While the rather unhappy picture at Cu Chi is almost certainly quite accurate, I should say I think much of the discontent will wear off if security really improves. (Donnell tentatively agrees.) The Vietnamese are wonderful gripers, and let off steam in the same way our GIʼs do whenever they catch a sympathetic ear. Also Hickey and Donnell found that in Vinh Long the people generally seemed to like the idea of strategic hamlets, particularly because the better security made it possible for relatives to visit during Tet. And in the Hoa Hao area around Sadec, people seemed almost enthusiastic about the strategic hamlets. This was the only area visited where the people were quite vocal about the hamlets being useful in keeping the VC out. (This suggests to me that there may be more validity than I had supposed in the idea that the Hoa Hao are still an untapped source of GVN support.) And even in Cu Chi people liked the fact that the strategic hamlets keep the “agitators” out.

Among other interesting observations that emerged is the fact that the NRM and other mass organizations have virtually disappeared in the countryside. The only active GVN organization at the rice roots seems to be the Republican Youth and various auto-defense groups. This is perhaps not altogether bad. The five-family system is not working well because the heads of the family groups often refuse any responsibility (which is not surprising, given the security situation and the rewards of heading the group).

A point stressed by the team is the immediate importance of agricultural assistance at hamlet level. In this connection, it is worth repeating Hickeyʼs observation that the peasants do not think in terms of future benefits. Saving is rare in the villages; a good crop simply means larger feasts on the suitable occasions. This means, as Warren has been saying, that plans for long-range economic development, however well conceived, are far less important in this struggle than rural impact programs.5 (It is difficult to convince people of this. The fact that a mobile medical team in a hamlet will be talked about for months even though it helps fewer people less efficiently than building up provincial hospitals is difficult to sell. Medical teams in the villages would have impact. And they would reach people who will never venture near the provincial hospitals for political or financial reasons.)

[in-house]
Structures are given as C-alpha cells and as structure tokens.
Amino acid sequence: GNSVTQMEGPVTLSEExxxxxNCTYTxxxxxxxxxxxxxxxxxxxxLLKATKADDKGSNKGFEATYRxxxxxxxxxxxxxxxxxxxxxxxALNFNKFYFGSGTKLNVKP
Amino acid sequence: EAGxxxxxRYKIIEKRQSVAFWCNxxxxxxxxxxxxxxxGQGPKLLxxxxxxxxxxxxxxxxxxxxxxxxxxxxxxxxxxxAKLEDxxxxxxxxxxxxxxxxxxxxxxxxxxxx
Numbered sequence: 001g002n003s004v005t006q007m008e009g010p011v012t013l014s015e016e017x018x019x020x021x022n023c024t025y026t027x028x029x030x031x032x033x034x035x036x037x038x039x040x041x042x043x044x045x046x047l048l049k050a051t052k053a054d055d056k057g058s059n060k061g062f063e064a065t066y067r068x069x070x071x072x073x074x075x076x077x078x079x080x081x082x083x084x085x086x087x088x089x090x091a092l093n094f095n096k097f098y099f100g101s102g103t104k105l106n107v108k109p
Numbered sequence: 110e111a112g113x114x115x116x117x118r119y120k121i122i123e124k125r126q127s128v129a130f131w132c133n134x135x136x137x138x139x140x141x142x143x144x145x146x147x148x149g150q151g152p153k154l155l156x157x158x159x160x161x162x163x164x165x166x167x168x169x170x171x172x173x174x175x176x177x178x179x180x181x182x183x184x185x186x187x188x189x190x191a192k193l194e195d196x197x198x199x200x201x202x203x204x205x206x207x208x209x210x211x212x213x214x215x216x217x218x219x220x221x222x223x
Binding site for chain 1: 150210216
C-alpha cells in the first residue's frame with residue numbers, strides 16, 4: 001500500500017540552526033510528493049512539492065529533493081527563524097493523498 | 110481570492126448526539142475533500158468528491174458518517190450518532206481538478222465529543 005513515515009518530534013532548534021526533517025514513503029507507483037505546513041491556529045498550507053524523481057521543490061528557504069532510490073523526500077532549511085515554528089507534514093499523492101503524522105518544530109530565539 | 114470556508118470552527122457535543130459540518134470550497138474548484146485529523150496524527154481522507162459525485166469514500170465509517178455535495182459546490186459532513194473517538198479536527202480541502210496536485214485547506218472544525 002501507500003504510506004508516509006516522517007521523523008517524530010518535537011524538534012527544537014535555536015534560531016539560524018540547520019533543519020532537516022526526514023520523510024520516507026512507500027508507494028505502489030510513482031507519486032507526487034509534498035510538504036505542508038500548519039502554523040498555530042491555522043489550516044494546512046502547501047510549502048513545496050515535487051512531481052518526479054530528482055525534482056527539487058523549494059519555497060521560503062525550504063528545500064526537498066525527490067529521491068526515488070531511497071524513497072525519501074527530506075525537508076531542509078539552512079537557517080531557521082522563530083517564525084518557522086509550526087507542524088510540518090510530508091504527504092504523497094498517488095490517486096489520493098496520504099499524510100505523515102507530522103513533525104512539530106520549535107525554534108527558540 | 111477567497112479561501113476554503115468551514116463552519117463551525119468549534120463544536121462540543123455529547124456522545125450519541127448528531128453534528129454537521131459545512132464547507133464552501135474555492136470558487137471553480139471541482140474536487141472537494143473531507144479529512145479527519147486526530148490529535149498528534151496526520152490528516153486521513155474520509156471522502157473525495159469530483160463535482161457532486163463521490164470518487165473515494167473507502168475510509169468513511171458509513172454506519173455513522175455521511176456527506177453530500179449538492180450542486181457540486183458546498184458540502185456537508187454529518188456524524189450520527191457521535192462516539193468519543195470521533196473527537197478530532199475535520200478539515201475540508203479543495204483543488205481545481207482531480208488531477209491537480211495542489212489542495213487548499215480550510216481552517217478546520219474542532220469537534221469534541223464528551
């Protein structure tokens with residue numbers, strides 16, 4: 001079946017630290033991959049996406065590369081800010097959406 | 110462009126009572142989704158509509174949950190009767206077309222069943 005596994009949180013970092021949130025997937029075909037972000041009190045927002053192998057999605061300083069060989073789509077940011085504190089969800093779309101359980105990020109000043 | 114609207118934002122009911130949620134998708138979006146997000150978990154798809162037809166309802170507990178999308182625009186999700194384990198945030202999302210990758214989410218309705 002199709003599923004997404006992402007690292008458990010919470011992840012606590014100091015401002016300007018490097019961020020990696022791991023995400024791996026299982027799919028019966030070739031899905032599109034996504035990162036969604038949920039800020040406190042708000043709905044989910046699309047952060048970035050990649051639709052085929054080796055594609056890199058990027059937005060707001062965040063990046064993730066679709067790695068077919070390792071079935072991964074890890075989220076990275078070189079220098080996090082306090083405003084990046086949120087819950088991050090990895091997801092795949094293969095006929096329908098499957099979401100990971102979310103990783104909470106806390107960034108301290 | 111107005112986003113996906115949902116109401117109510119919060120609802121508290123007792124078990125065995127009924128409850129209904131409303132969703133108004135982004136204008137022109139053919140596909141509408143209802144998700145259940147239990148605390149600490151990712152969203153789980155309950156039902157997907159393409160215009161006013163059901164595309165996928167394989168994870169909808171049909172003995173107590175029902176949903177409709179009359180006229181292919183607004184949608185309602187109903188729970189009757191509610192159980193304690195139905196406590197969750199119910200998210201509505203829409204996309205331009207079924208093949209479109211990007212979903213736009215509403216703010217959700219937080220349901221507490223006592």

Few peasants actually stated they want increased security and one peasant engaged in constructing a strategic hamlet told the team that she was carrying bamboo to build a fence around “Mr. Communist.”[Page 250]This seems to point up a failure on the information side. Hickey and Donnell said in response to a question that the population got a week of advance information in Cu Chi before construction started. Colonel Thao generally works them over for three or four weeks, by his own account at least, before setting up a strategic hamlet. This could make quite a difference.